Smoking causes breathing problems after surgery

Cigarette smoke damages smoker’s lungs in many complicated ways. Even smokers with no symptoms do not have normal lungs. Amongst the effects of smoking on your lungs are:

  • Inflammation of the lungs
  • Decreased ability to fight infection
  • Increased secretions
  • Decreased ability to get rid of secretions
  • Increased muscle and fibre in lung
  • Lower FEV1 (less ability to breathe out rapidly)
  •  Increased airway reactivity

If these effects have not gone on for too long, and have not created permanent damage to the lungs, they can be partly reversed by stopping smoking.

Anesthesiologists notice that smokers behave differently during anesthesia. For example, they are more likely to show signs of airway irritation in response to exposure to anesthetic vapours. They are more likely to suffer from post- operative respiratory complications than non-smokers. This could be anything from requiring a dose of an inhaler to being on life support in an intensive care unit.

Does stopping smoking help? Yes, but it takes time. While sensitivity to airway irritation decreases after a few days, the shortest period of non-smoking likely to reduce the risk of breathing complications is two weeks.

In one study (by Dr. MA Warner) the risk of postoperative pulmonary complications was 11% in non-smokers, 17% in smokers who had stopped for 8 weeks or more, and about 50% in those who quit less than 8 weeks before surgery or who never stopped. Other researchers (Kotani et al) have shown that it can take up to six months of non-smoking for some lung cells to return to normal.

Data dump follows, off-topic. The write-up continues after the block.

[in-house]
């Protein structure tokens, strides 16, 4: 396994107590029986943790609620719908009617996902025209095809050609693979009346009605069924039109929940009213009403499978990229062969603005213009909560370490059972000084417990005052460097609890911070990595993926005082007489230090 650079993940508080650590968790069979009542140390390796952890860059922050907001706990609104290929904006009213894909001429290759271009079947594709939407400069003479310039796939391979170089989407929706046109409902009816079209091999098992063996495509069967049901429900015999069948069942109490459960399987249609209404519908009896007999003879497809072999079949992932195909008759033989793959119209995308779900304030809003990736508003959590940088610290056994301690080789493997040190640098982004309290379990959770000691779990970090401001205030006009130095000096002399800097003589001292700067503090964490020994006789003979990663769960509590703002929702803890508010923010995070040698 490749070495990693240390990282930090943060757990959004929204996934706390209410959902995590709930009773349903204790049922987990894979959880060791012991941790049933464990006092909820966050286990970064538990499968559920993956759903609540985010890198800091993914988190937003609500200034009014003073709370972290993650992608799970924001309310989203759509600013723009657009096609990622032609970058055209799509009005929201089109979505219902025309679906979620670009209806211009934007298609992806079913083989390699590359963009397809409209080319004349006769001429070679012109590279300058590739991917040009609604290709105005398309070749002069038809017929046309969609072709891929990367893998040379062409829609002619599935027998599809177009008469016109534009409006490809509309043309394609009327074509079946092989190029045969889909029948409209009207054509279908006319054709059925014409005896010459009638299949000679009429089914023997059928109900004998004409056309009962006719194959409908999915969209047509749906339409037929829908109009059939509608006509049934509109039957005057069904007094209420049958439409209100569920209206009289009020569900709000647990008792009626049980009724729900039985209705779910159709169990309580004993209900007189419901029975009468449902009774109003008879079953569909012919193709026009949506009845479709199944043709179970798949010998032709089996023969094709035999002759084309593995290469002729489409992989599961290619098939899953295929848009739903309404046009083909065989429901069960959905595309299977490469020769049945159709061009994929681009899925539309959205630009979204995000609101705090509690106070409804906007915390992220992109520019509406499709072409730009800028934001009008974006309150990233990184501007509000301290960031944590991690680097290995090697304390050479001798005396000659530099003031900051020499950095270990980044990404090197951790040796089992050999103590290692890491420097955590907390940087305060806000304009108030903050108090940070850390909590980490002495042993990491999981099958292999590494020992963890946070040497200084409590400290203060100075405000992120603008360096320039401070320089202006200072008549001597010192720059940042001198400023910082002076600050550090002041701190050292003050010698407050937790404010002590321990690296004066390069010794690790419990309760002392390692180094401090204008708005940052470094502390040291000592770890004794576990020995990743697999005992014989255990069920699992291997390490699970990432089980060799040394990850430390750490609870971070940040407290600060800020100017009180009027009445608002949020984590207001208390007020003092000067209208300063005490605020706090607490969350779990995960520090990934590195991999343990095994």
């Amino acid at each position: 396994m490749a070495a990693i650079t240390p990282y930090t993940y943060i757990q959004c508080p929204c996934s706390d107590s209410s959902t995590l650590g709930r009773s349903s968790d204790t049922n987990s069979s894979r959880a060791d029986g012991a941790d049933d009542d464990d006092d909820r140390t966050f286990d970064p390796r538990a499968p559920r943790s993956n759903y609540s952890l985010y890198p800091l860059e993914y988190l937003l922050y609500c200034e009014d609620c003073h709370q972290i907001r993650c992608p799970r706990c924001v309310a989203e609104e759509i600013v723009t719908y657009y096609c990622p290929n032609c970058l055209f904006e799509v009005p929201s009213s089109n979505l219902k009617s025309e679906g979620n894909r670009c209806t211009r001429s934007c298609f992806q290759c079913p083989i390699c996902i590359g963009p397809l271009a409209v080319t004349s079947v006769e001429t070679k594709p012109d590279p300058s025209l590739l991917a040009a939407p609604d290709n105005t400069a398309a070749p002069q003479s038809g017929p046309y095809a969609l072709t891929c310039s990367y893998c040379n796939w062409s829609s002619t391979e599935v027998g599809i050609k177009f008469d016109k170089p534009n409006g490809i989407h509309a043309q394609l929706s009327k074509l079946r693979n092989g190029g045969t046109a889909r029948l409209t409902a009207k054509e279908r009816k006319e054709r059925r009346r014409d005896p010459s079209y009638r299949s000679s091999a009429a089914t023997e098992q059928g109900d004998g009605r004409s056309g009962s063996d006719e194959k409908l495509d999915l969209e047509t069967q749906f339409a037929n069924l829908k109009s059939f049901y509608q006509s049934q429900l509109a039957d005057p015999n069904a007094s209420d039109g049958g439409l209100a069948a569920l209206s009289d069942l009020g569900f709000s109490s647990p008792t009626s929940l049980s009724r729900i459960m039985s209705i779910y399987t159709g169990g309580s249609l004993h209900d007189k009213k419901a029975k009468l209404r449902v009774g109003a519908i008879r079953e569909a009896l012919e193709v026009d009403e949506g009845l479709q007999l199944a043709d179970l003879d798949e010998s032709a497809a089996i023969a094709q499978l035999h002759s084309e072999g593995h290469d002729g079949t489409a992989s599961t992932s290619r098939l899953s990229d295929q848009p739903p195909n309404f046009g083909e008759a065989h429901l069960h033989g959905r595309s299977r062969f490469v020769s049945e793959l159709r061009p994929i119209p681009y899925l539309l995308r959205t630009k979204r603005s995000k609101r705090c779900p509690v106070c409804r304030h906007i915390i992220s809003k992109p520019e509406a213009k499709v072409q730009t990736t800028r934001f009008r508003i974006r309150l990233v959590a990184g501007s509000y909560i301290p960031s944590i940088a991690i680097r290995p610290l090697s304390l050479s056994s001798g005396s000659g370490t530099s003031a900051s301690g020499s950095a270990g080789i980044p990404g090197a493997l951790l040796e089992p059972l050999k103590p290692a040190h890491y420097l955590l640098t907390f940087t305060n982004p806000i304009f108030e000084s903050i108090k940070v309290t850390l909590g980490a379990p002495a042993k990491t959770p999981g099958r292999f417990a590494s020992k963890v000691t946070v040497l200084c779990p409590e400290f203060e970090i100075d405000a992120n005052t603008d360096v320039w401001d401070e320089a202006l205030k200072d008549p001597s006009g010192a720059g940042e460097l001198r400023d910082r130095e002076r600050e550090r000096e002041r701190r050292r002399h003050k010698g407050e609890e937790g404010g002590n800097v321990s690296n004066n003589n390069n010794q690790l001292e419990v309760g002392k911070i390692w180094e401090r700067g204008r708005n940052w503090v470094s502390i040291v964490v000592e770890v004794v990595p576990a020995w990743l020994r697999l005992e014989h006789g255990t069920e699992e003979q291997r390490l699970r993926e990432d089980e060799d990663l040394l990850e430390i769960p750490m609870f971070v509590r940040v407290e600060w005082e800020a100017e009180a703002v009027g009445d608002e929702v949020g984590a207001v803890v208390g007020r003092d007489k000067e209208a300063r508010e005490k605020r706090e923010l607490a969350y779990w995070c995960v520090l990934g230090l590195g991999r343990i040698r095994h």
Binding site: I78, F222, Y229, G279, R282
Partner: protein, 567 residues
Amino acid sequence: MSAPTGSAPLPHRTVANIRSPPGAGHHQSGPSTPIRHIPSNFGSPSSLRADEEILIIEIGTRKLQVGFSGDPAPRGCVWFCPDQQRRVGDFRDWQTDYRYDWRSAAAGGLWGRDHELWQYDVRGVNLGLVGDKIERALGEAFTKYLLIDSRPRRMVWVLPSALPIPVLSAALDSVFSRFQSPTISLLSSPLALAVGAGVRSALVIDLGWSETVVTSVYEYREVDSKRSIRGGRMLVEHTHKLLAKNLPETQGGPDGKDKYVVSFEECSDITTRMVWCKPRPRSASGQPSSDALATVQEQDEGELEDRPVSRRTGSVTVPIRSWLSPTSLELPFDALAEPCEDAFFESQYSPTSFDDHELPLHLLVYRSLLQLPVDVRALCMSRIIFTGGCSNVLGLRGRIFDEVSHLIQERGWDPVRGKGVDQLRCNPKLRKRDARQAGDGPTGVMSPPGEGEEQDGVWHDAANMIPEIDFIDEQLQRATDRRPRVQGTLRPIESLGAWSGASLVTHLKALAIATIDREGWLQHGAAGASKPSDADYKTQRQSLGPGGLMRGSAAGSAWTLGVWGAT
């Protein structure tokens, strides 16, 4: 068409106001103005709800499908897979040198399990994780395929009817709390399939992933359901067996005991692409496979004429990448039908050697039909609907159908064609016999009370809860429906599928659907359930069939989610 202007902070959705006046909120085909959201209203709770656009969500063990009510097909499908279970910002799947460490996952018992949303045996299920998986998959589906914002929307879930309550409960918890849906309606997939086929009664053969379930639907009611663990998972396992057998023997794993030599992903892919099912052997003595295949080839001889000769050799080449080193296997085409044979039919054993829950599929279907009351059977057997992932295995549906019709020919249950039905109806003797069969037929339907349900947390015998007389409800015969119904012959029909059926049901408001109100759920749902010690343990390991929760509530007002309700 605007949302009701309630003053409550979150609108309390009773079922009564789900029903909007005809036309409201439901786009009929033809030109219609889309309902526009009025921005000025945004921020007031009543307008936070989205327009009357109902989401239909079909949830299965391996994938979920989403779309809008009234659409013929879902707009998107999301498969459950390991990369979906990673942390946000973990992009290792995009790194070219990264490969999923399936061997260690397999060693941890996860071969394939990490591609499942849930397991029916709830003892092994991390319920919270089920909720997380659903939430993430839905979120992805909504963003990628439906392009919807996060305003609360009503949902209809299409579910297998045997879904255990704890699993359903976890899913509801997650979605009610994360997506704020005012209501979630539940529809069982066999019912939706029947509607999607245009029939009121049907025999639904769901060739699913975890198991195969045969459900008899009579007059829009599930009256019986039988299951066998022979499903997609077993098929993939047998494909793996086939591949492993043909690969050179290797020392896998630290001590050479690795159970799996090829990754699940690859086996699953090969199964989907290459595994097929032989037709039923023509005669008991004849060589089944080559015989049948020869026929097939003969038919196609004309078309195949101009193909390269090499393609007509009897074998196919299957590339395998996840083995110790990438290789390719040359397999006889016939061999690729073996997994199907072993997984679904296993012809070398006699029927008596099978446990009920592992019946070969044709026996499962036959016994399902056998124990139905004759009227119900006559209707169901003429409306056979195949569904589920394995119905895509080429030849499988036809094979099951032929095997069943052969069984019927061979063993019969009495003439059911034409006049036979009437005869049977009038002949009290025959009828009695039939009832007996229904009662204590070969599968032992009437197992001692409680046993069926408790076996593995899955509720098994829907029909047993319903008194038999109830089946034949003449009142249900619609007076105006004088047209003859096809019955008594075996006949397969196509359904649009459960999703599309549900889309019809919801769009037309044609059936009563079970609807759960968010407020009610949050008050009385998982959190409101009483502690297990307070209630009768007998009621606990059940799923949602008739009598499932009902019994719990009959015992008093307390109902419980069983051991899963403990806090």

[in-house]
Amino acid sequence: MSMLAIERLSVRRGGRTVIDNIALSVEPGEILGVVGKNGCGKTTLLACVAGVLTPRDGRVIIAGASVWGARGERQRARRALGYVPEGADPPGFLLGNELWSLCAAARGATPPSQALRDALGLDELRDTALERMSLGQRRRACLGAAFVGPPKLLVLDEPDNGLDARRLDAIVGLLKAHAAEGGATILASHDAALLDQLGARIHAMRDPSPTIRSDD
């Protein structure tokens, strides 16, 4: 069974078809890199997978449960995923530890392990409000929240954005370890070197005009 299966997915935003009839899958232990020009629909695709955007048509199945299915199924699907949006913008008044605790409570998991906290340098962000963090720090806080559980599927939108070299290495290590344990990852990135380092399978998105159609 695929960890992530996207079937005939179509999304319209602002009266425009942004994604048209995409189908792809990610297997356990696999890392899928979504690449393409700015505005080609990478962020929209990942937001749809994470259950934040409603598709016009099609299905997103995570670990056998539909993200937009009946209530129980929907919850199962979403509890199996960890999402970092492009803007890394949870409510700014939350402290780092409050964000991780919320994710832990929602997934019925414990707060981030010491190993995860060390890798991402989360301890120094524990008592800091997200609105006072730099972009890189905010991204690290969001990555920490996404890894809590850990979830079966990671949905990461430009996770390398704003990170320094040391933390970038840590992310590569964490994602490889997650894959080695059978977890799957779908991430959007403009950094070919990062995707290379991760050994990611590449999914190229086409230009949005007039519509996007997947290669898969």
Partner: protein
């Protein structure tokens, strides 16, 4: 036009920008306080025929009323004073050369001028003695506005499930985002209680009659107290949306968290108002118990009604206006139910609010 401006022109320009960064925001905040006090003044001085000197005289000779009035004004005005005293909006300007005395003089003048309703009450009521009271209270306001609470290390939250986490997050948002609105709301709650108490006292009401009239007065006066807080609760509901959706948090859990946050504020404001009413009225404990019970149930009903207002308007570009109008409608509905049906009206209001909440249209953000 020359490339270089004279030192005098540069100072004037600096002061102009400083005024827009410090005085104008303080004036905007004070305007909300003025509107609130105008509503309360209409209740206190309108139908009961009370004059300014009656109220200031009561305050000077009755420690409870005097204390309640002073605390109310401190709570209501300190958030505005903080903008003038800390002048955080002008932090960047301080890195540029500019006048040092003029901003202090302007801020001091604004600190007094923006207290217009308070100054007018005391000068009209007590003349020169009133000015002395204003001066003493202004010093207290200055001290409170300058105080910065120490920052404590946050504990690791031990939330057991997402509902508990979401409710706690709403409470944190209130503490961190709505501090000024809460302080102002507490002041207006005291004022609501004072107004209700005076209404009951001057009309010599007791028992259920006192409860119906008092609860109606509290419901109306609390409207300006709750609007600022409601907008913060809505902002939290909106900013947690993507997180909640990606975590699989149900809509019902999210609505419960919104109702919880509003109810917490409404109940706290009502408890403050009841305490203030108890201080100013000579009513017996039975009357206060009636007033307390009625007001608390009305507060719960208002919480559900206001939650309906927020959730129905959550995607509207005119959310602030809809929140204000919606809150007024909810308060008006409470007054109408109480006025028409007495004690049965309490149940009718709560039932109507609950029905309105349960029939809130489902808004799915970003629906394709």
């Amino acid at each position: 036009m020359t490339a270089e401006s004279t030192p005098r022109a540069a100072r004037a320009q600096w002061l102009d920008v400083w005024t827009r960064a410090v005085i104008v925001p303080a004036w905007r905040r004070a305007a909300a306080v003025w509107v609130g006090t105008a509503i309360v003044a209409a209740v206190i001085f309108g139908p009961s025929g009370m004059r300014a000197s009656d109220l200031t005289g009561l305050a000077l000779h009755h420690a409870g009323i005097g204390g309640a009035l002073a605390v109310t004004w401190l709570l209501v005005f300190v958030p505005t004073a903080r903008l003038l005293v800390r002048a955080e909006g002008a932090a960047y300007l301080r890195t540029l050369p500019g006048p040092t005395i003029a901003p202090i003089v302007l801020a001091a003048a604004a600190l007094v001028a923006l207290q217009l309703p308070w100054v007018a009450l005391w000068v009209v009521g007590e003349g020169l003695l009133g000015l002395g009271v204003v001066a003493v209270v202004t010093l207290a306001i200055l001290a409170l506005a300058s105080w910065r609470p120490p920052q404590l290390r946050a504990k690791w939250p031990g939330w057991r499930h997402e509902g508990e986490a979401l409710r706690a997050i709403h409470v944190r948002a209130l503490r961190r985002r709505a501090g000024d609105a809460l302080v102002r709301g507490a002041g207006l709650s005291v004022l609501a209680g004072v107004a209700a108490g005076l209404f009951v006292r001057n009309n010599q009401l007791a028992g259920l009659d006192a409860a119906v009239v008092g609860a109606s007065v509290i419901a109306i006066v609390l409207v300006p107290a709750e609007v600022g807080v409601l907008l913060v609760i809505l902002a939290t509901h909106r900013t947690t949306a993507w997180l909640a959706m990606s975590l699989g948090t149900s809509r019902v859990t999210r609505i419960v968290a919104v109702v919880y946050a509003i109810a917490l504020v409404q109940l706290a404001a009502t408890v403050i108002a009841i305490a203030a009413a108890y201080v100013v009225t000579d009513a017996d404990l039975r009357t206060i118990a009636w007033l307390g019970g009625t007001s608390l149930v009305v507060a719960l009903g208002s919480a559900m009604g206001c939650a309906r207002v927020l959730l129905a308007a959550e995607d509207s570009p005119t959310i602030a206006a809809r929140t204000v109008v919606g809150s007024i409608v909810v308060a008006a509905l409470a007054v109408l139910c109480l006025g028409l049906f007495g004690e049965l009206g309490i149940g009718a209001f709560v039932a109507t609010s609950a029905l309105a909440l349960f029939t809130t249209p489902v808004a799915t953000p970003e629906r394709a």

Some people have suggested that there may be an increased risk of breathing complications in people who only stop smoking a few days before surgery. There is no clear proof that this is true. If you have four weeks or more before your surgery, stopping now gives you the best chance of getting both the heart and the lung benefits of stopping. If you have less time, then it may be reasonable to make plans to stop smoking the day before your surgery.

Experts agree that the risks of smoking are so great that it is always best to Stop Smoking For Safer Surgery.